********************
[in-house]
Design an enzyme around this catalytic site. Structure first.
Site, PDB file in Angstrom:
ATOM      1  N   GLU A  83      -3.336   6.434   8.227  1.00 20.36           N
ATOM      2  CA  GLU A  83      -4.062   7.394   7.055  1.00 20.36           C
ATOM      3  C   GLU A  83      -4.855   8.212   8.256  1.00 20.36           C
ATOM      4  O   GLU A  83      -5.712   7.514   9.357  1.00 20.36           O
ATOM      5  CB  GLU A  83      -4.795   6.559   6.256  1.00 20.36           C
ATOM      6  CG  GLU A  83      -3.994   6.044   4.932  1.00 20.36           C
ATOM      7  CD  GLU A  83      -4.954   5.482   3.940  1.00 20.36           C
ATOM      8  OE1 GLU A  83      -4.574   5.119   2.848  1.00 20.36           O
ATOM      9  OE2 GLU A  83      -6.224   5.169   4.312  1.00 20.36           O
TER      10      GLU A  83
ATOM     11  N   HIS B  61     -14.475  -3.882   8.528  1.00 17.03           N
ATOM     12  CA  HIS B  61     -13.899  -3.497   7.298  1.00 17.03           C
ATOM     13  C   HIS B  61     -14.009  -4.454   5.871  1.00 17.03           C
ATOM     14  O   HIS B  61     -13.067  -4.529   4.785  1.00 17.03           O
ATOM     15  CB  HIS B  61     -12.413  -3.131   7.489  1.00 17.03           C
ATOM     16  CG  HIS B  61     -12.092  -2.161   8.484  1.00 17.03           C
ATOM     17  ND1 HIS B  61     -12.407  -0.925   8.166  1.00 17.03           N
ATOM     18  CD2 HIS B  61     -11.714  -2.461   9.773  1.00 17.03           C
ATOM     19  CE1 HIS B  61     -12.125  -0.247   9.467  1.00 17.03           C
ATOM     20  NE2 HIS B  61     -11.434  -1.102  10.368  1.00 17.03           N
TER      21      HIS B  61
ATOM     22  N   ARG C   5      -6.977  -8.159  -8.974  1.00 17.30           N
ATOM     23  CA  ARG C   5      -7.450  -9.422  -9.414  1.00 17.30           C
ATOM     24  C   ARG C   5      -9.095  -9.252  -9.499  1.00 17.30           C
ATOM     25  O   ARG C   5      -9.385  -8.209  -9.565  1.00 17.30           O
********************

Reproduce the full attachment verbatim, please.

[in-house]
Design an enzyme around this catalytic site. Structure first.
Site, PDB file in Angstrom:
ATOM      1  N   GLU A  83      -3.336   6.434   8.227  1.00 20.36           N
ATOM      2  CA  GLU A  83      -4.062   7.394   7.055  1.00 20.36           C
ATOM      3  C   GLU A  83      -4.855   8.212   8.256  1.00 20.36           C
ATOM      4  O   GLU A  83      -5.712   7.514   9.357  1.00 20.36           O
ATOM      5  CB  GLU A  83      -4.795   6.559   6.256  1.00 20.36           C
ATOM      6  CG  GLU A  83      -3.994   6.044   4.932  1.00 20.36           C
ATOM      7  CD  GLU A  83      -4.954   5.482   3.940  1.00 20.36           C
ATOM      8  OE1 GLU A  83      -4.574   5.119   2.848  1.00 20.36           O
ATOM      9  OE2 GLU A  83      -6.224   5.169   4.312  1.00 20.36           O
TER      10      GLU A  83
ATOM     11  N   HIS B  61     -14.475  -3.882   8.528  1.00 17.03           N
ATOM     12  CA  HIS B  61     -13.899  -3.497   7.298  1.00 17.03           C
ATOM     13  C   HIS B  61     -14.009  -4.454   5.871  1.00 17.03           C
ATOM     14  O   HIS B  61     -13.067  -4.529   4.785  1.00 17.03           O
ATOM     15  CB  HIS B  61     -12.413  -3.131   7.489  1.00 17.03           C
ATOM     16  CG  HIS B  61     -12.092  -2.161   8.484  1.00 17.03           C
ATOM     17  ND1 HIS B  61     -12.407  -0.925   8.166  1.00 17.03           N
ATOM     18  CD2 HIS B  61     -11.714  -2.461   9.773  1.00 17.03           C
ATOM     19  CE1 HIS B  61     -12.125  -0.247   9.467  1.00 17.03           C
ATOM     20  NE2 HIS B  61     -11.434  -1.102  10.368  1.00 17.03           N
TER      21      HIS B  61
ATOM     22  N   ARG C   5      -6.977  -8.159  -8.974  1.00 17.30           N
ATOM     23  CA  ARG C   5      -7.450  -9.422  -9.414  1.00 17.30           C
ATOM     24  C   ARG C   5      -9.095  -9.252  -9.499  1.00 17.30           C
ATOM     25  O   ARG C   5      -9.385  -8.209  -9.565  1.00 17.30           O